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creating your pinterest profile

Things are really getting fun, now! This module will talk all about your Pinterest account and how to make sure the aesthetic of your profile caters to your dream client. To start, let’s talk about your existing set-up:

to trash or not to trash

I’m just gonna throw this out there and assume there is a good chance you are likely one of the 291 million active Pinterest users. If you’re not? Then you can go ahead and skip this discussion and create your first account.

If you do have an existing account, you might be considering whether it’s better for you to start from scratch right now or just revamp your existing profile, whether it’s a Personal or Business profile. In my mind, this decision can be made by answering the following two questions:

  1. Do you have any number of followers on your existing account that you won’t want to lose?

  2. Instead of keeping your existing boards public, could you sacrifice your account over to your business and keep the important boards Secret on your profile?

If the answer to both of those questions is yes, then let’s move forward with the existing Pinterest profile you have. On the other hand, if you feel it is important to keep the two separate, and you’re willing to do the extra work of completely starting from scratch, then go right ahead! As long as you understand the small set-back and the amount of time involved in starting a new profile, then you should be just fine to keep the two profiles separate. Personally, I opted to use one account for both business browsing and personal pinning. I just keep my personal boards Secret!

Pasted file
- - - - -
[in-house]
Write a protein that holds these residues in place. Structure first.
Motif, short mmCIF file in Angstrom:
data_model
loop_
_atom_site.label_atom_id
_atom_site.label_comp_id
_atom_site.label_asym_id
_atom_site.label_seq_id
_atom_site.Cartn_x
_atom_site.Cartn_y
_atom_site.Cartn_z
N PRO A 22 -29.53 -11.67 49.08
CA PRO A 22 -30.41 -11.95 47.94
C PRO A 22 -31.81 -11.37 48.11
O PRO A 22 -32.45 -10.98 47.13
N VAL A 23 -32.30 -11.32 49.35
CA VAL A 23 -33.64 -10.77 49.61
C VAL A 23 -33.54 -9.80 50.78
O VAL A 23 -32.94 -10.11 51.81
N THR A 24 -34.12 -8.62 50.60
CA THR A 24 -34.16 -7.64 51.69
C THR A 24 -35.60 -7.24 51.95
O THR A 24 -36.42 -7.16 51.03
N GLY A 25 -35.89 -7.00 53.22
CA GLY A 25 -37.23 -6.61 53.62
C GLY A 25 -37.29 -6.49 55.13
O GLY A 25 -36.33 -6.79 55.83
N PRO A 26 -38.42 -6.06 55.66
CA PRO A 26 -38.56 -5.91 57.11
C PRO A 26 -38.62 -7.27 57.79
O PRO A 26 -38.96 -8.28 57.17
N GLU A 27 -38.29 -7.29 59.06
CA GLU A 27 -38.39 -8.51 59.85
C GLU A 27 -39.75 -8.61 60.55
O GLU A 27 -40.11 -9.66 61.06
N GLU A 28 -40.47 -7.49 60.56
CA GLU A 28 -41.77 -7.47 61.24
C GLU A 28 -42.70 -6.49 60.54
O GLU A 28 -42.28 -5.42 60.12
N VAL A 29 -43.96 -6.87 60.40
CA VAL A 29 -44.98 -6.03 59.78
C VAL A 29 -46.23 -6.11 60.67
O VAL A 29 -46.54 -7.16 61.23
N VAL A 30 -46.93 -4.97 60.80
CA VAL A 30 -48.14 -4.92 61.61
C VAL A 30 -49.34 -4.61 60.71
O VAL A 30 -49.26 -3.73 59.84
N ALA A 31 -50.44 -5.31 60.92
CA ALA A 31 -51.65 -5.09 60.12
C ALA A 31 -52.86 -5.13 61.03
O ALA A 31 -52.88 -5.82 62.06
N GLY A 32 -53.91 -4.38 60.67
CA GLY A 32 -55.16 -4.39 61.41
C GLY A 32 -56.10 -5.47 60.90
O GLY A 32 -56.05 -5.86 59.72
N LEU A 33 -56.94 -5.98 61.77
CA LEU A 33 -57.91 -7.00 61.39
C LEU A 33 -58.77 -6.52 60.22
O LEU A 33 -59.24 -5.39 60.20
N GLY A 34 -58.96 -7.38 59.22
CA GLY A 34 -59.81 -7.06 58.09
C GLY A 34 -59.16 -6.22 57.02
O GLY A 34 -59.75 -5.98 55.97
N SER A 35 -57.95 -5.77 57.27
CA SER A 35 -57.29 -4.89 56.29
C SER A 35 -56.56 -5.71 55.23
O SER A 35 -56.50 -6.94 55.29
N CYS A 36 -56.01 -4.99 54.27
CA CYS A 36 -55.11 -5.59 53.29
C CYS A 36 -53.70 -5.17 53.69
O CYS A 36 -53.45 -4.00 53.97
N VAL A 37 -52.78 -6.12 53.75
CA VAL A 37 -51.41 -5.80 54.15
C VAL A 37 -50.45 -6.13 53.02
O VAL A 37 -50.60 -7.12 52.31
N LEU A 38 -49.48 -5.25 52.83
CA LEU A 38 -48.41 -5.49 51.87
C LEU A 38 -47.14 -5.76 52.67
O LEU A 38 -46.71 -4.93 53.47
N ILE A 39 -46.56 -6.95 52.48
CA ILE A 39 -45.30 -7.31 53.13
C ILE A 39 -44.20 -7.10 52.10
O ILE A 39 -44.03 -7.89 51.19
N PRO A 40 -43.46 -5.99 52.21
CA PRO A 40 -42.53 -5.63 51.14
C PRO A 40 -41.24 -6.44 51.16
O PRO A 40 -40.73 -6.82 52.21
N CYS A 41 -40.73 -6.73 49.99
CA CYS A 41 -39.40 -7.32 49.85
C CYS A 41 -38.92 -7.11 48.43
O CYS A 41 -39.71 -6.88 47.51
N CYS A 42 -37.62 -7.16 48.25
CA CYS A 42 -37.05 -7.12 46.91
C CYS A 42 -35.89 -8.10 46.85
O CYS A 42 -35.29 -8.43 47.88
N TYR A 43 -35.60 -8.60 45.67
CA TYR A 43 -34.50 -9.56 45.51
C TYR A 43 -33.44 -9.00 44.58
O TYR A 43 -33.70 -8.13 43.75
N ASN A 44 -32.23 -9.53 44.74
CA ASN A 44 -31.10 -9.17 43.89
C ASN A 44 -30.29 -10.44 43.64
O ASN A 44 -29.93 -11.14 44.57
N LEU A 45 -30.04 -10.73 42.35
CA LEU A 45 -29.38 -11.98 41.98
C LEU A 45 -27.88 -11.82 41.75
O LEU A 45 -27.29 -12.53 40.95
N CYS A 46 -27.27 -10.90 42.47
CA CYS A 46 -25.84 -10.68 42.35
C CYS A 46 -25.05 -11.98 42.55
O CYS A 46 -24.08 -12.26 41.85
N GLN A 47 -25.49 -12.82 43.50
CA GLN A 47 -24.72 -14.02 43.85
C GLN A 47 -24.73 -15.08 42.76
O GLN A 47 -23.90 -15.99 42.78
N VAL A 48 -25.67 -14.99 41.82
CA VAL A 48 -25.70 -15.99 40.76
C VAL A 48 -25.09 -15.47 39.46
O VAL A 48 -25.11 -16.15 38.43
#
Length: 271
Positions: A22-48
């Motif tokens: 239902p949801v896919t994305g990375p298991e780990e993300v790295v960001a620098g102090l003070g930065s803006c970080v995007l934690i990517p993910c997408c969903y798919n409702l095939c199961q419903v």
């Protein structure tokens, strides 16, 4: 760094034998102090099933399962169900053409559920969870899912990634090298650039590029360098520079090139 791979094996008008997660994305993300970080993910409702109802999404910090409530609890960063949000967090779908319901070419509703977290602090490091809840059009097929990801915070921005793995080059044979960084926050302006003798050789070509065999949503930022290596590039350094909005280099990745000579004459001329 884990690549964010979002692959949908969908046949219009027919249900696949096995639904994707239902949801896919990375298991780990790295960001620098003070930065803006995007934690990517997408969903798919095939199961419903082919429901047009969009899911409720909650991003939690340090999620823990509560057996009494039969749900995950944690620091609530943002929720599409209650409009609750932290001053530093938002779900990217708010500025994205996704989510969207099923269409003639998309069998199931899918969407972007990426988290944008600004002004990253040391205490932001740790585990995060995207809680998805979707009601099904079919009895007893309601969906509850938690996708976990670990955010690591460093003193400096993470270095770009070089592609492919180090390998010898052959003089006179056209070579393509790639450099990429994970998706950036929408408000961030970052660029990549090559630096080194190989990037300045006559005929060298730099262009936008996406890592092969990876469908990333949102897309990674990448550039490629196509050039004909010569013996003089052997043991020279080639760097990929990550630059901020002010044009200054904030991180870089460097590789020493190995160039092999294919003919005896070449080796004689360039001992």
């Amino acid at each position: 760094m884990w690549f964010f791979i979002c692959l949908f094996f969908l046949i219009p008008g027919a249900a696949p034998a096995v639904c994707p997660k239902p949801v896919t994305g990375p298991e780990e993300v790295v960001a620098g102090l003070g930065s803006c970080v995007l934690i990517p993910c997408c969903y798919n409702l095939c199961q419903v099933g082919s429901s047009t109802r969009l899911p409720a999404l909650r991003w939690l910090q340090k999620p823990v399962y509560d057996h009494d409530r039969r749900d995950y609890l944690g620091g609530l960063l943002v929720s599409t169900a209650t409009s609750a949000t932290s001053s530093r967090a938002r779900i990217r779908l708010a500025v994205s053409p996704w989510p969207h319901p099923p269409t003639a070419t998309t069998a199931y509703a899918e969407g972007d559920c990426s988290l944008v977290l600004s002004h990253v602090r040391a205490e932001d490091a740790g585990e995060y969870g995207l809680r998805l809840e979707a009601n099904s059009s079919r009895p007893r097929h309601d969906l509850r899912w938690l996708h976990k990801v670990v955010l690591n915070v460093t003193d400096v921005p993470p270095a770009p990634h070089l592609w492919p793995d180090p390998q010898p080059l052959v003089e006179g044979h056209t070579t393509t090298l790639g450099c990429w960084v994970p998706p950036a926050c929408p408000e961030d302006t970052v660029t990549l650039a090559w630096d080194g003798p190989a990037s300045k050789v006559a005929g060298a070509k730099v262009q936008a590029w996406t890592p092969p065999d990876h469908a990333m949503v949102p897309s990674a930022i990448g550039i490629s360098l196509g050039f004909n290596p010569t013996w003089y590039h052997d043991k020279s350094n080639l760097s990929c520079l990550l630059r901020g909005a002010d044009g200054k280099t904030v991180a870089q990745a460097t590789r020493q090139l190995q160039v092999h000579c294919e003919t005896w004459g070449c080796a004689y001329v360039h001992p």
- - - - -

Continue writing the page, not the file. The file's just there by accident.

how to upgrade to a business account

If you’re starting from scratch, then obviously the first thing you’ll need to to is create your Pinterest account! Go to Pinterest.com to easily be taken through the sign-up process (pro tip: skip a few steps and click the “Create a business account” button at the bottom).